Posted on: 8 December 2021Share
If the flooring around the base of your air conditioning closet looks damp with water, check the unit's condensate pump immediately. If the pump fails, the unit will collect water and leak water throughout the day. Use the information below to help you repair your indoor unit's condensate pump.
How Does an AC Condensate Pump Work?
A condensate pump is a mechanical device that looks similar to a tiny sump pump, or motorized collection container. But unlike a sump pump, which removes water from basements, a condensate pump removes water from your indoor HVAC unit. A condensate pump collects water droplets, or condensation, from the unit and disperses it to a pan or container located away from the AC closet.
The condensate pump inside your indoor unit relies on a special float switch to operate properly. Every time too much water, or condensation, enters the pump, the switch rises. Once the switch rises to the top of the pump, it tells the motor inside the device to turn on. The motor stays active until all of the water inside the pump disperses out of the system.
If the float switch fails to rise to the top of the condensate pump, the motor will fail to activate on time. The condensate pump will overflow with water and flood your AC closet. The motor inside the pump can also fail at times. The motor may fail to activate if it loses power during normal wear and tear or when something disrupts electrical power in your home.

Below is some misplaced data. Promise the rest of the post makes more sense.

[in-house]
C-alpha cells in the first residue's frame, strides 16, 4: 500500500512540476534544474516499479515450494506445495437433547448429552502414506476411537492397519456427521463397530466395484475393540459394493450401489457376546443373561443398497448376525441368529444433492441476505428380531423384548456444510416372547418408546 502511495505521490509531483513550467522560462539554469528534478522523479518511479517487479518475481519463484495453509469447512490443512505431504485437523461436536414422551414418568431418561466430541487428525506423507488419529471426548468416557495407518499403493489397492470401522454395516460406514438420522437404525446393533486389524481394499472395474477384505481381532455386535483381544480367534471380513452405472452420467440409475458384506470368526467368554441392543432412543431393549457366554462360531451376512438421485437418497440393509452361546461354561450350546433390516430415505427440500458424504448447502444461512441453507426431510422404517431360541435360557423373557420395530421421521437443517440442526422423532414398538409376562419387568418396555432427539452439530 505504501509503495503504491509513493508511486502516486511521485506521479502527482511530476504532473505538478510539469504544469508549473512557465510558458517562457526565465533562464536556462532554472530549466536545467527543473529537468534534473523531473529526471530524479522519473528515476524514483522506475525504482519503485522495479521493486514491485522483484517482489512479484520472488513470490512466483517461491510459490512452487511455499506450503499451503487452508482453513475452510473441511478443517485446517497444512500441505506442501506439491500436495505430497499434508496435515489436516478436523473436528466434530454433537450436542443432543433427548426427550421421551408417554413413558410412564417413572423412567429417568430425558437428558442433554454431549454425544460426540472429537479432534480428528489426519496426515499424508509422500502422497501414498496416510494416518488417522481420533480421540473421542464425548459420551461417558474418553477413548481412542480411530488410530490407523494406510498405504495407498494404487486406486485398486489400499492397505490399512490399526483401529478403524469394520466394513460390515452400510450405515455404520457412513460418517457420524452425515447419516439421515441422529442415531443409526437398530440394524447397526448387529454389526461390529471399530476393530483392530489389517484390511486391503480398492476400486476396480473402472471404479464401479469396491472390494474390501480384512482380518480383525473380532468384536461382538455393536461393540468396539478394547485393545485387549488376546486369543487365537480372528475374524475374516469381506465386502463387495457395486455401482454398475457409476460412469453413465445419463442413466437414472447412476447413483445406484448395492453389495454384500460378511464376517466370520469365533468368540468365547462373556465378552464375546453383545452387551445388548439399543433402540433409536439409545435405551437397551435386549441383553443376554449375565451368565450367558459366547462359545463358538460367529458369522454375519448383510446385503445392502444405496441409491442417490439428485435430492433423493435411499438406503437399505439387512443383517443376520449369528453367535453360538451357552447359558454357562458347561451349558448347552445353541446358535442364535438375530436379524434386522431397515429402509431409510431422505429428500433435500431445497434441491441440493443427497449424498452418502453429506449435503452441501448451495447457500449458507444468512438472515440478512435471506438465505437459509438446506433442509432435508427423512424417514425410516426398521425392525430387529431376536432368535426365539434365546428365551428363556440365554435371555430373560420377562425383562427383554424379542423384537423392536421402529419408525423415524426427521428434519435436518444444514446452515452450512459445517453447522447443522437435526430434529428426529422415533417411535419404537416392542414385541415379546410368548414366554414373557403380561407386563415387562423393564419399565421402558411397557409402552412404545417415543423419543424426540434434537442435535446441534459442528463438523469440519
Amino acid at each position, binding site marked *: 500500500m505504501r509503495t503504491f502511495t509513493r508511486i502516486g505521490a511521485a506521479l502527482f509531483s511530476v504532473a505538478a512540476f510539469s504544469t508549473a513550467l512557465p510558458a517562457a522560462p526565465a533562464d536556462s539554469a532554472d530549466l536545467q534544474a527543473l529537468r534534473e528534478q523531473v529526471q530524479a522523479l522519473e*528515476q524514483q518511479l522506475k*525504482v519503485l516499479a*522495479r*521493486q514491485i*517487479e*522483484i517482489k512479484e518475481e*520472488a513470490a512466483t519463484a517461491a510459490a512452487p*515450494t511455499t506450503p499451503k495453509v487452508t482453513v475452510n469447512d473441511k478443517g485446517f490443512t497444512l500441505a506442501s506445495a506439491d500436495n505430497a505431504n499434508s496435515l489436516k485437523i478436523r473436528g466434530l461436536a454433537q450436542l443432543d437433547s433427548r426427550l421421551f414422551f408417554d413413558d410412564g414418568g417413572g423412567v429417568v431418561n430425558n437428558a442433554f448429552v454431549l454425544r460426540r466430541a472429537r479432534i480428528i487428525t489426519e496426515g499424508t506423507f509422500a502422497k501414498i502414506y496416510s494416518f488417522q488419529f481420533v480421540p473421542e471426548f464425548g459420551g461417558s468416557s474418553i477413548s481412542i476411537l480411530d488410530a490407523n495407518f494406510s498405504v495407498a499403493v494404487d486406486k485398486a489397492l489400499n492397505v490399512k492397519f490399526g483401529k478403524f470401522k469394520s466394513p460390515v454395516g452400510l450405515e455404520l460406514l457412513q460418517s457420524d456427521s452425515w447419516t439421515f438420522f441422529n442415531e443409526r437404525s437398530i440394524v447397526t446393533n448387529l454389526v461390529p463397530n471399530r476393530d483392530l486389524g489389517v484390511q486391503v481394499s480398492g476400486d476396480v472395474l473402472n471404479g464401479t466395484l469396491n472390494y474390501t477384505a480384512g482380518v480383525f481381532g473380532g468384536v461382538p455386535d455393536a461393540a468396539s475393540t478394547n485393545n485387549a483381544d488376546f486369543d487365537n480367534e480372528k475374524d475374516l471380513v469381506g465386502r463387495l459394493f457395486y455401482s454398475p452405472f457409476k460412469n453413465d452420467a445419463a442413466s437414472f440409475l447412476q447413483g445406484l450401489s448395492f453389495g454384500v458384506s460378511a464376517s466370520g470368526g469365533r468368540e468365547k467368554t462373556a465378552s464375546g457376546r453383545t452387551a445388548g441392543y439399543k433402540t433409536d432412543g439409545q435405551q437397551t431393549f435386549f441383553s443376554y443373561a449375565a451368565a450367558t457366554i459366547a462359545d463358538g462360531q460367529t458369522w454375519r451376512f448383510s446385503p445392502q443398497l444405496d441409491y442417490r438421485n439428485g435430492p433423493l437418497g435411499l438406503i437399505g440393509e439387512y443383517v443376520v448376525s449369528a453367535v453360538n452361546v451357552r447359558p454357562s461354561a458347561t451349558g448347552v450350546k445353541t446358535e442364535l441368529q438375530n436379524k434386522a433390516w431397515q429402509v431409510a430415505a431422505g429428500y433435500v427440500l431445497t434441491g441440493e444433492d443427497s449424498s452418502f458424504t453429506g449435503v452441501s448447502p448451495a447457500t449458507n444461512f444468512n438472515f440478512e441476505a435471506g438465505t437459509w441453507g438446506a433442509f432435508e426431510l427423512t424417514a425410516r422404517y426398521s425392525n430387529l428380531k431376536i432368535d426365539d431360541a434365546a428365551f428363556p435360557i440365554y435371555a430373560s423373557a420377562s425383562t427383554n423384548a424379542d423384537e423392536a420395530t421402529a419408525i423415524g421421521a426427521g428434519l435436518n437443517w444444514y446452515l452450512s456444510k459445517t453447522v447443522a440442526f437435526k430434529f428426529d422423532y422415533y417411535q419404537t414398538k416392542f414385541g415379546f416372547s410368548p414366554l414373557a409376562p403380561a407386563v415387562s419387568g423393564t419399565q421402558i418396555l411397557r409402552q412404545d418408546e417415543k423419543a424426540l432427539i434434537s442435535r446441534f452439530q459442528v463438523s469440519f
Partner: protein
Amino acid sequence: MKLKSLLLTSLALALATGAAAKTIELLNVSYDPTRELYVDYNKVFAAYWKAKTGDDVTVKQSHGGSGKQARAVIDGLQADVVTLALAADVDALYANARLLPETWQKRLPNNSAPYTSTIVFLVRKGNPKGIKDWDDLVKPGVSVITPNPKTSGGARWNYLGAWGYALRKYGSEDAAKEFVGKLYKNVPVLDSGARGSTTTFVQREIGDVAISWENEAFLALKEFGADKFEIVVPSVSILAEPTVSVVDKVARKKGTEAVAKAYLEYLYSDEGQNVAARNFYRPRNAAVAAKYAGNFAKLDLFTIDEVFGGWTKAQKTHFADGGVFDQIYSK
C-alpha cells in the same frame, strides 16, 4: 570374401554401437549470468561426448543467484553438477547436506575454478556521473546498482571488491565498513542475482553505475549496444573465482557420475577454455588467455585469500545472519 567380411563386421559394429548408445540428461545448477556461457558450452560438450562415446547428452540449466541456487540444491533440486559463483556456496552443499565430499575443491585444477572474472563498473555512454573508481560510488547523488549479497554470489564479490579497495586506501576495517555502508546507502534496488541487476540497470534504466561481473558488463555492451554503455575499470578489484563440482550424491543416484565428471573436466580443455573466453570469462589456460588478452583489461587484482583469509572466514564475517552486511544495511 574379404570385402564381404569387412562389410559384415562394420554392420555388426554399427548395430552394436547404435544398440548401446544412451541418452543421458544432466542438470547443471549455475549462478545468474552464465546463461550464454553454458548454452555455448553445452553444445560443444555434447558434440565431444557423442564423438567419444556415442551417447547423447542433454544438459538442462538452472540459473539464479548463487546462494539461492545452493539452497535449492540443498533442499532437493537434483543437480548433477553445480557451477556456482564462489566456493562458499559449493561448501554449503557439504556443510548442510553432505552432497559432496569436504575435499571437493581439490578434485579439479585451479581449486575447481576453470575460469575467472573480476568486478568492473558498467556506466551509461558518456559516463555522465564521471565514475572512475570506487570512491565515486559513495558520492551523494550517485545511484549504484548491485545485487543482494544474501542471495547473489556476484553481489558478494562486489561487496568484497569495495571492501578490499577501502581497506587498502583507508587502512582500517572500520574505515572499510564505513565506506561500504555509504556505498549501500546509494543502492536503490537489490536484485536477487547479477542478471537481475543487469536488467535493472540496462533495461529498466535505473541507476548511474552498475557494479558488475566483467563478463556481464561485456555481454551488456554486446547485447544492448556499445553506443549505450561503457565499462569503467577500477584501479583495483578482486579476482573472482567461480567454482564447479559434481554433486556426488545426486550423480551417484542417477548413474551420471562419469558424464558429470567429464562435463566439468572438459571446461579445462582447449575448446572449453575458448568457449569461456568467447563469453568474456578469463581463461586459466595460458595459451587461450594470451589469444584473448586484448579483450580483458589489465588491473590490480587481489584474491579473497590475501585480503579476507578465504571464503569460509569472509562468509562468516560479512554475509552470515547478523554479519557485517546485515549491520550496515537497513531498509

The problems mentioned above can damage your HVAC system over time. If you want to keep your HVAC system working properly, contact an AC repair contractor fast.
How Do You Repair a Condensate Pump?
A contractor will need to dry the flooring around your AC closet before they check the condensate pump and unit. Other things, such as a frozen evaporator coil, can also cause dampness in your AC closet. Thawing ice from the coil can leak onto the flooring and flood your AC closet.
If the evaporator coil did freeze and thaw during the day, a contractor can clean the device and prevent it from freezing up again in the future. If a contractor doesn't find ice on the evaporator coil, they'll check the condition of your condensate pump.
A contractor may need to remove the pump from the unit to inspect it thoroughly. If the pump's float switch doesn't raise or lower properly, a repair technician can replace it. If the switch checks out fine, a contractor will test and repair the motor inside the pump. Your indoor unit should work properly after the repairs.
Learn more about condensate pumps and how to repair them by calling a contractor today.